Johnie Burton


Johnnie Burton

Musical Discoveries: How are things going?

OK, well, things are going great. The album is finished and now I'm working on getting it out into the world. I'm getting a lot of interest in my music from so many different people.

For the moment I'm still unsigned and self managed. It's cool to be indie-for-real; I get to do everything. The hard part is I'm just one person doing everything.

On any given day, I wear at least ten different hats. So it's really fun and exciting, but I'm very busy.

What is your first memory of liking music and at what point did you decide that this could, should, would be a career path for you?

I guess my first memory of music is being very, very young--maybe four or five--I don't really know. I would just walk around the house singing out loud. Whatever I was doing I would just make-up a sort of stream-of-consciousness song about it. Making up songs and singing them to myself got me through a lot of difficult things. But I didn't have much musical training to speak of. I didn't really think seriously about music for most of my life- I just did it.

I grew up in Los Feliz, an area of LA where there were tons of musicians and artists around. So when I was in high school I became friends with some bands that were doing pretty well. They took me on tour with them and that was it--I knew I really wanted to do original music as a career.

Being a young woman into rock, who are some of the female artists you looked to for inspiration?

My taste is extremely broad. For a long time I didn't think much about whether an artist was a man or a woman. I wouldn't say I gravitated more toward one or the other. But I would have to say I've probably been influenced more by male artists than female artists only because there are more of them. As far as female artists are concerned my influences range from Patti Smith to Madonna and just about everyone in between.

As a "not so hard on the eyes" woman playing rock, how has your experience been so far, since it is still a dominantly male industry. Advantage or disadvantage?

First--thanks. Second, the experience of being a woman playing rock is extreme-–which I like. It is often times both an advantage and a disadvantage. The margin of error for taking advantage of the good things versus being taken advantage of is very small. It is very much a walk-the-line scenario. I feel like there is the opportunity to win big but there is also the possibility to strike out really hard too.

Like when we play gigs and the bill has a bunch of bands but I'm the only girl--When I rock it as hard as all the guys-–I win big time. But if I give anything less than 200% I'm 'just the chic singer.' To me it's a challenge and every challenge is an opportunity. But it is unfortunate that it exists at all junctures--even just going to the store to get a pack of guitar strings.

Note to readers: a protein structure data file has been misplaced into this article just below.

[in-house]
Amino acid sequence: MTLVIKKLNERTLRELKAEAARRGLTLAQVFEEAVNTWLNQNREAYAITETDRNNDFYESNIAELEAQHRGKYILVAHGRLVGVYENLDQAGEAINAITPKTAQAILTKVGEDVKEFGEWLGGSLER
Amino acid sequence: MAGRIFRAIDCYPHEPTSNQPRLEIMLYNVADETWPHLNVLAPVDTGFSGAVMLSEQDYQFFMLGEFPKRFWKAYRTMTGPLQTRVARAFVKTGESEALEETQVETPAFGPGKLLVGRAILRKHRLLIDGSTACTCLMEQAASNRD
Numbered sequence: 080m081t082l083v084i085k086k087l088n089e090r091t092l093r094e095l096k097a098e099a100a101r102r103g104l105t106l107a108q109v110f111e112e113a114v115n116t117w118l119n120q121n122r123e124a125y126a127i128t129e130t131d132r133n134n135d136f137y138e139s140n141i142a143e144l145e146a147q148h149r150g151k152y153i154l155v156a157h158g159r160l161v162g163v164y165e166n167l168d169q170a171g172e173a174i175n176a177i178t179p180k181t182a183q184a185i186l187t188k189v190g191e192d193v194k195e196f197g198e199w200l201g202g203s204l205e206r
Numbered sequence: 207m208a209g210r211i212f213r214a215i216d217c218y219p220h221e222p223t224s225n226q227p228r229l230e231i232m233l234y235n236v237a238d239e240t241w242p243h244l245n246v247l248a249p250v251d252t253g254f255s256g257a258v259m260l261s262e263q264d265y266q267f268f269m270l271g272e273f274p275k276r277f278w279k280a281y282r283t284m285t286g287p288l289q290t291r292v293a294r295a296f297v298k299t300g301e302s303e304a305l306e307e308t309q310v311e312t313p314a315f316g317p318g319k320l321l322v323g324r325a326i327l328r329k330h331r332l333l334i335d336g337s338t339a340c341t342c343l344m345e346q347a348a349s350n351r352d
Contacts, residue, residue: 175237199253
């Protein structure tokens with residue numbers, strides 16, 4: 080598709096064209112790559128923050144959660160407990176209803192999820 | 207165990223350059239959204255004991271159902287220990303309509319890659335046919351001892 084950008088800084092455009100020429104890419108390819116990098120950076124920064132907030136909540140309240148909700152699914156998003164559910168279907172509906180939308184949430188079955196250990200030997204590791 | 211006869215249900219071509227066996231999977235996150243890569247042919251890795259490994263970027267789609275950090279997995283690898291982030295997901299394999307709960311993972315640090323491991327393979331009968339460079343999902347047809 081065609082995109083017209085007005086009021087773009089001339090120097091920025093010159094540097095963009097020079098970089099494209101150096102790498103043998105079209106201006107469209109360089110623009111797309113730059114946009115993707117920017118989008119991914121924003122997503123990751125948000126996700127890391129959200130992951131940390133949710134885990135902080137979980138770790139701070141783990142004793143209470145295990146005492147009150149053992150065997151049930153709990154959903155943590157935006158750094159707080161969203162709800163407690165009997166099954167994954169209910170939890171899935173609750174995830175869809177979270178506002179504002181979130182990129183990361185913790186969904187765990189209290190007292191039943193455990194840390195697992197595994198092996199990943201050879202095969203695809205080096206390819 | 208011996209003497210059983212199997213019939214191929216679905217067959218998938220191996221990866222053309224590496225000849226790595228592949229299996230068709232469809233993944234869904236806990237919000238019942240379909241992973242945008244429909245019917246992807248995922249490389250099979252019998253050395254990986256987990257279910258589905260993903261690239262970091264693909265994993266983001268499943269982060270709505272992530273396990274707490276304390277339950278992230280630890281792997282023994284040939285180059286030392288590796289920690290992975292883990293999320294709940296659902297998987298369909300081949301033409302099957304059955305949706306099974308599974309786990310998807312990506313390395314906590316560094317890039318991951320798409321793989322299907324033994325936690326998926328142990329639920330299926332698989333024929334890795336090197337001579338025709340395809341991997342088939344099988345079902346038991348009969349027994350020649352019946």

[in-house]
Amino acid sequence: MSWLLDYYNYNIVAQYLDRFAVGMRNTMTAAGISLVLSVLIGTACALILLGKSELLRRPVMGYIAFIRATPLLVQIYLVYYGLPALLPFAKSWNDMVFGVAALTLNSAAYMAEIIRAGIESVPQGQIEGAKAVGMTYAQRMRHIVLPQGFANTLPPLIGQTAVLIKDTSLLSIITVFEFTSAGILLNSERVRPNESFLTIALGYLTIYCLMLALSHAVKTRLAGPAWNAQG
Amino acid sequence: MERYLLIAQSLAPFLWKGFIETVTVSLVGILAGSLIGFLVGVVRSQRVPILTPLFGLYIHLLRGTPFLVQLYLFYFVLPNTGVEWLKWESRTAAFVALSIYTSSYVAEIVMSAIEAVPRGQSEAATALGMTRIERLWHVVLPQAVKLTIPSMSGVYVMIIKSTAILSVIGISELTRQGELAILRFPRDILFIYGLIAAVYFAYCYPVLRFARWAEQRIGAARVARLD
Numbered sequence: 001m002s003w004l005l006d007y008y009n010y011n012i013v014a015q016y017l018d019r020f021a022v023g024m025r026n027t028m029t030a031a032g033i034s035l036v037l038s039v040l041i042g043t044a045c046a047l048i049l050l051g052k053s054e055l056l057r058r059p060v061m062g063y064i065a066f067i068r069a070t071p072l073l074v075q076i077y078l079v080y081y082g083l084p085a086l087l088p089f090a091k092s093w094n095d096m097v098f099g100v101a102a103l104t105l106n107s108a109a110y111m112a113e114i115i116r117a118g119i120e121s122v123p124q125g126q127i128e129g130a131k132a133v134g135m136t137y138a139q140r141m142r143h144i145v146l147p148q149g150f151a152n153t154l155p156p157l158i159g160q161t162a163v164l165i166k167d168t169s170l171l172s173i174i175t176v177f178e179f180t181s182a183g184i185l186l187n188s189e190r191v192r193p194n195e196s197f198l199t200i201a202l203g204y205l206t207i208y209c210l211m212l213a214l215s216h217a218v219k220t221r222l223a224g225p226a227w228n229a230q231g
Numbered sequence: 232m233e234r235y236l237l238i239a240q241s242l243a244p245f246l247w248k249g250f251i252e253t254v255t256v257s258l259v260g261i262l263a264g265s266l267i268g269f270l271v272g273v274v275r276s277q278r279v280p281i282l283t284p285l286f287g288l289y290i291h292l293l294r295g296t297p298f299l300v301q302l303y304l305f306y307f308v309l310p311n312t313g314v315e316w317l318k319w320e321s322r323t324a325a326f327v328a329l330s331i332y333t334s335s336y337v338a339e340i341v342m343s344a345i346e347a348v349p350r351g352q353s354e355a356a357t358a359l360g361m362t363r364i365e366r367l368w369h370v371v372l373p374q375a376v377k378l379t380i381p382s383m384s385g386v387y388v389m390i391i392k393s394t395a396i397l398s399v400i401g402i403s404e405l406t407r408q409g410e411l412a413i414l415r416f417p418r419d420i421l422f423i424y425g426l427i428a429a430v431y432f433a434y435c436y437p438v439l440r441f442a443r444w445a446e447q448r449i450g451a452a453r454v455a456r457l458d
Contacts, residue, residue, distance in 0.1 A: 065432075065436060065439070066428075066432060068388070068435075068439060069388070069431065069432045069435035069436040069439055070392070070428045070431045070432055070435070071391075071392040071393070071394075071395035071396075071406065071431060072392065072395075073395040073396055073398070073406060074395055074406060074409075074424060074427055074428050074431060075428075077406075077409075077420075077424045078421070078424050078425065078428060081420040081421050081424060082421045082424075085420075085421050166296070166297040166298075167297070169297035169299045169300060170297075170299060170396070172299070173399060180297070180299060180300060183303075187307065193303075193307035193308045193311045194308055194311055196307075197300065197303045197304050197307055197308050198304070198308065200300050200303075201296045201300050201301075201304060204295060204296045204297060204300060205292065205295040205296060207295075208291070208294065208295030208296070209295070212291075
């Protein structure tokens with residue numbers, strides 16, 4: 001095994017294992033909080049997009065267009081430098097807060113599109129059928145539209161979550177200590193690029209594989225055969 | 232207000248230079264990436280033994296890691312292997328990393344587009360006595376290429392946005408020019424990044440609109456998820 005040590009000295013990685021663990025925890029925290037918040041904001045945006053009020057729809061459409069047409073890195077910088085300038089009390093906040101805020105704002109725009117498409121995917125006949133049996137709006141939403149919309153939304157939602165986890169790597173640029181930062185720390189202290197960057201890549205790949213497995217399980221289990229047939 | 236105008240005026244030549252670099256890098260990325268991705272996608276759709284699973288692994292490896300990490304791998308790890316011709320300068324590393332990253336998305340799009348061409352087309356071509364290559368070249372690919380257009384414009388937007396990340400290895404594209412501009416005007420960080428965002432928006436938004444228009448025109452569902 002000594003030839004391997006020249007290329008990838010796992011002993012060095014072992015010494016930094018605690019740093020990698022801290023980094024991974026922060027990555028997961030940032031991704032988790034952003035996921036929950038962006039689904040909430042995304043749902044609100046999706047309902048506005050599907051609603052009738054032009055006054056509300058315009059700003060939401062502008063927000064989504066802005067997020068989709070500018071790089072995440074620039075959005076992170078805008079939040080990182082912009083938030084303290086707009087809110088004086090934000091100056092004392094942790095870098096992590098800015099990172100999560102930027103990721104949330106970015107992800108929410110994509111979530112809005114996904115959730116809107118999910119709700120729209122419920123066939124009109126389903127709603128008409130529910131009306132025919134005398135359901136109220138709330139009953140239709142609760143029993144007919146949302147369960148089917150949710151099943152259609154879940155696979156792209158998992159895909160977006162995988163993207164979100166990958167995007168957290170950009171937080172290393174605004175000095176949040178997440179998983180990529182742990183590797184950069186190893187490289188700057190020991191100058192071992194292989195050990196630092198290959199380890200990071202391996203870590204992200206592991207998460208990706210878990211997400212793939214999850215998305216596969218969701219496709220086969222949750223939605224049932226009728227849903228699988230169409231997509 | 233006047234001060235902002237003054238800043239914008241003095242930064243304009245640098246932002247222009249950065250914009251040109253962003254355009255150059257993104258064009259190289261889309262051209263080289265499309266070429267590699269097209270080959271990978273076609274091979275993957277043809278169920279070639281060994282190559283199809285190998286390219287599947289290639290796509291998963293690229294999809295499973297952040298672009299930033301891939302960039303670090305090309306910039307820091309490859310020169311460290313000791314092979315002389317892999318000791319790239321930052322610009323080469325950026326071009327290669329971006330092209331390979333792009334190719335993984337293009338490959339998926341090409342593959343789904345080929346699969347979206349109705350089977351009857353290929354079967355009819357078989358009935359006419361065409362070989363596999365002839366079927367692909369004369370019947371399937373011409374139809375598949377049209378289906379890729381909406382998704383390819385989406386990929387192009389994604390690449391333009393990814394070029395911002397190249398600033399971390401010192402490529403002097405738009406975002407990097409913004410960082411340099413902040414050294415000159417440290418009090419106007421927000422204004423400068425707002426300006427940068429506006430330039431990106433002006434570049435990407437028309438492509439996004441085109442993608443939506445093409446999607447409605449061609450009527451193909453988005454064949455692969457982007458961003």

As a girl you've got to be strong and smart in order to hold onto the reins and steer it your way. You've got to know who you are. As I'm doing it, I'm getting an unbelievable response--people love it.

Johnie Burton

So when you decided it was time to make this album what kinds of goals did you set for it? Were there certain things you wanted the finished product to speak about you or was this about just letting the album come naturally?

This is my first album. I had about 40 songs written for it that I picked from and boiled down to eleven tracks. From the beginning I knew what I wanted but achieving that was really the hard part. I knew I wanted the album to reflect who I am in the most genuine and complete way. But really I'm a very enigmatic person; I often embody extreme opposites simultaneously and on top of that have experienced a lot of change in my life. Similarly I write songs that range from heavy punk influenced rock to intimate ballads. And I wanted it all on the album. So picking which songs to put on this first album was really tough.

Picking the direction for the production was similar; I wanted it to feel intimate but to sound huge, I wanted there to be an organic, live feeling but I wanted it to come across in a very modern way. These are all things that come naturally in my song writing but getting the production to reflect all the aspects--especially on a tight budget--was really hard. And still, on top of everything it was really important not only to make the best album I could but further to have a great time and enjoy the whole process--not just me but everyone working on the album. These were the goals that I set out with.

How closely does the finished product resemble what you had envisioned when you were writing the album?